The court’s previous reading that passive membership would not amount to a crime unless it is accompanied by some overt action gave the judiciary the flexibility to acquit or grant bail in cases, Farasat said. “Now, that discretion is gone,” she said. “It is quite draconian.”
For instance, in Sahil’s case, when the FIR was filed against him and seven others, the accused were already behind bars. While granting them bail, the court observed, “The record shows at the time of the ban on PFI, the accused persons were already in custody.”
The court asked that when the accused were in custody from September 27 to October 3-4, how could they have carried out activities aimed “advocating, abetting or inciting/assisting any unlawful activity of the unlawful organisation”.
Mumbai-based senior criminal lawyer Mihir Desai said that this ruling will lead to more arrests and more pleas for bail being denied and could be used against those “whose only offence would have been to differ from the ideology of the establishment”.
It has made those facing charges even more guarded. As Sahil said, since he got bail, he has been cautious in voicing his opinions on social media. “Now, I will further censor myself,” he said.
Stringent provisions for ‘terrorism’
While the Supreme Court judgement discusses unlawful associations, legal experts say that its logic may also apply to terrorist organisations. The Unlawful Activities (Prevention) Act has two parts to it: one that punishes unlawful activities – disrupting the territory or sovereignty of India – and the other that punishes terrorist activities, such as those that aim to “strike terror” among Indians.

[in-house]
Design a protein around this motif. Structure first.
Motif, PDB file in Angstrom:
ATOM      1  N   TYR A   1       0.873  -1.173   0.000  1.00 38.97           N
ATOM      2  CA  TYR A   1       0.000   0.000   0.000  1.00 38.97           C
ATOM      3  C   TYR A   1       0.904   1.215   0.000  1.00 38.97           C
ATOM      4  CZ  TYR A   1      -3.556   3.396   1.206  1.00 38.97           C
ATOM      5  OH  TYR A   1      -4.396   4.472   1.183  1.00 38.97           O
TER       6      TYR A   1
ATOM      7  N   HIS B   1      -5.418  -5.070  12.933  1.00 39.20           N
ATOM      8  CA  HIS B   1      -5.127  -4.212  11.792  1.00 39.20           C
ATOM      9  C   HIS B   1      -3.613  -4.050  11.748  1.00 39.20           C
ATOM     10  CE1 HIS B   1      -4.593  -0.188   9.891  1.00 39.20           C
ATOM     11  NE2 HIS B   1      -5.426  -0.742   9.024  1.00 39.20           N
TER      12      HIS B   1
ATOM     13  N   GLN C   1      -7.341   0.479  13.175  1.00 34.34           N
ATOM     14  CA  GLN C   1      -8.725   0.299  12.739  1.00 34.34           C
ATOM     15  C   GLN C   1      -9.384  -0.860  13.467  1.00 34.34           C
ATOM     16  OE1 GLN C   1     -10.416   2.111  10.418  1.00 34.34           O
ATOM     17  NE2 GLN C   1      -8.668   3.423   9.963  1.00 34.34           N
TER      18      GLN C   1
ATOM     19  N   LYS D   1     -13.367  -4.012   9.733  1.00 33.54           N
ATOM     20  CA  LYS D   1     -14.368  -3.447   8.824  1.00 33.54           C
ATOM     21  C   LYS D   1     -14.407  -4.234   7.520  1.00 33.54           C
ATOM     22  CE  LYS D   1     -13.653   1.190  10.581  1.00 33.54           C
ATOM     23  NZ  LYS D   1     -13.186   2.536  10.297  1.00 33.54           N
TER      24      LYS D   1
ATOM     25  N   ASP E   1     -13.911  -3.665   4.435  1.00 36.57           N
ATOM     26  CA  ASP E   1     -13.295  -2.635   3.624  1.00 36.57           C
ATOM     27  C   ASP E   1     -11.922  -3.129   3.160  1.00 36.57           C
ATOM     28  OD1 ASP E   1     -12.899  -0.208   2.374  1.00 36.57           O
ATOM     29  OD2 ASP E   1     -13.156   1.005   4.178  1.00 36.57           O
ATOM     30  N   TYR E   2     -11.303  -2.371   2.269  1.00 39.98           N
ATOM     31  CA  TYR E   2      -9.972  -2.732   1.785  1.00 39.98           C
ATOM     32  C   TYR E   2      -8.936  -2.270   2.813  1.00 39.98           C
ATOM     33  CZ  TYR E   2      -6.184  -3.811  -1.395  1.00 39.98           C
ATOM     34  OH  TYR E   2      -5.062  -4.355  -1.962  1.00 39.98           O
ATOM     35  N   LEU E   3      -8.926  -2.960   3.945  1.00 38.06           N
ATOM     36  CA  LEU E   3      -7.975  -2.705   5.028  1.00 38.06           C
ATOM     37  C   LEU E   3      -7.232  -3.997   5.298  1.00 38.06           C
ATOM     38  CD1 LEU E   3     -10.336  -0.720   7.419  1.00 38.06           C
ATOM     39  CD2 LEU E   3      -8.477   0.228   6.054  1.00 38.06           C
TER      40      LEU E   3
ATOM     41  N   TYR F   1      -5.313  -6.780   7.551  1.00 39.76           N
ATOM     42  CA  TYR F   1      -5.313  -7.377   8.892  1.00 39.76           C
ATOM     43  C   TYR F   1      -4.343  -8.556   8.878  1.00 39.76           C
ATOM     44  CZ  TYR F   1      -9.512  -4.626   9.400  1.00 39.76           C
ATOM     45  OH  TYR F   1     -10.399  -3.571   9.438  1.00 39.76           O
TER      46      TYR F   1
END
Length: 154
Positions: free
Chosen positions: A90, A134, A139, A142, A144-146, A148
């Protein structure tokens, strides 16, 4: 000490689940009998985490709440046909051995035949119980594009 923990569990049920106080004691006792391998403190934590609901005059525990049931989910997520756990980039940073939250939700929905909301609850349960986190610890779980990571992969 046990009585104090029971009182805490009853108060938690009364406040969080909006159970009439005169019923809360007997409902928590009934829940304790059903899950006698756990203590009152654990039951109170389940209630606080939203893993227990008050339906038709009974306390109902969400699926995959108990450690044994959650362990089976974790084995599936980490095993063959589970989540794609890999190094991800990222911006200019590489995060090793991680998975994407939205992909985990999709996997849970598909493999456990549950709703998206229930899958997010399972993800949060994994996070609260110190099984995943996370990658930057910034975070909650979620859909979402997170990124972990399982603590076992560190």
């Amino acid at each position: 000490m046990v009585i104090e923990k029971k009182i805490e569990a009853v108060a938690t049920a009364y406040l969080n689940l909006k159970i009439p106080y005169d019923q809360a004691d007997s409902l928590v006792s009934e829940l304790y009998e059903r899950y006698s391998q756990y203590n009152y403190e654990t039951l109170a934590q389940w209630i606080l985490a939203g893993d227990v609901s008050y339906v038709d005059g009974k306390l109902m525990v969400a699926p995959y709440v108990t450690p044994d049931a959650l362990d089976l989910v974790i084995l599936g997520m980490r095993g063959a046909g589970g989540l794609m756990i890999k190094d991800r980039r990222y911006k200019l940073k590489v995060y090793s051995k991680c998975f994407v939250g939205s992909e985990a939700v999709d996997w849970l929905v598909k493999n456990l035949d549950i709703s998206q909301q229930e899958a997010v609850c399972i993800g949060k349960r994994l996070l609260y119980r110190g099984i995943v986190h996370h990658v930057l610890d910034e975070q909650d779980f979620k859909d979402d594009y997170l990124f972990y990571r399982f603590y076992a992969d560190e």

Charges under terrorist activities carry harsher punishment and make bail almost impossible. To grant bail, the court needs to make a broad assessment if the accusations against an accused are prima facie true – thus forming a preliminary opinion even before trial.
At this stage, the court is required to take the prosecution’s case at face value while the defence cannot even bring its evidence.
Apart from terming certain organisations as unlawful, the provisions also give the Centre the power to designate certain organisations as terrorist organisations. Section 20 of the Unlawful Activities (Prevention) Act deems the membership of a terrorist organisation punishable with life imprisonment.
As of now, 44 organisations, along with their fronts (that are often undefined), are categorised as terrorist organisations.
The Supreme Court’s judgement might also make it easier for the government to prosecute people for being members of terrorist organisations.
Take Kashmiri photojournalist Manan Dar’s case. In January 2023, a Delhi court granted bail to Dar on the grounds that, prima facie, the evidence against him was not sufficient to keep him in jail.
The National Investigation Agency had accused Dar of being part of WhatsApp and Telegram groups sympathetic to the banned terror group, Resistance Front. The central agency had claimed that Dar was an overground worker of the banned outfit and would share images of security forces and deployment under the cover of being a photojournalist. But the court said the accusations were not backed by enough evidence to deny Dar bail.
Relying on the judgment Thwaha Fazal vs Union of India, the Delhi court considered the submissions made by Dar’s counsel that mere association with a banned group was not an offence under the Unlawful Activities (Prevention) Act.
But with the latest Supreme Court judgement, orders like Dar’s might become difficult. “If this bail order had come after the judgment it would have affected the prospects of Manan’s bail,” said his counsel Tamana Pankaj.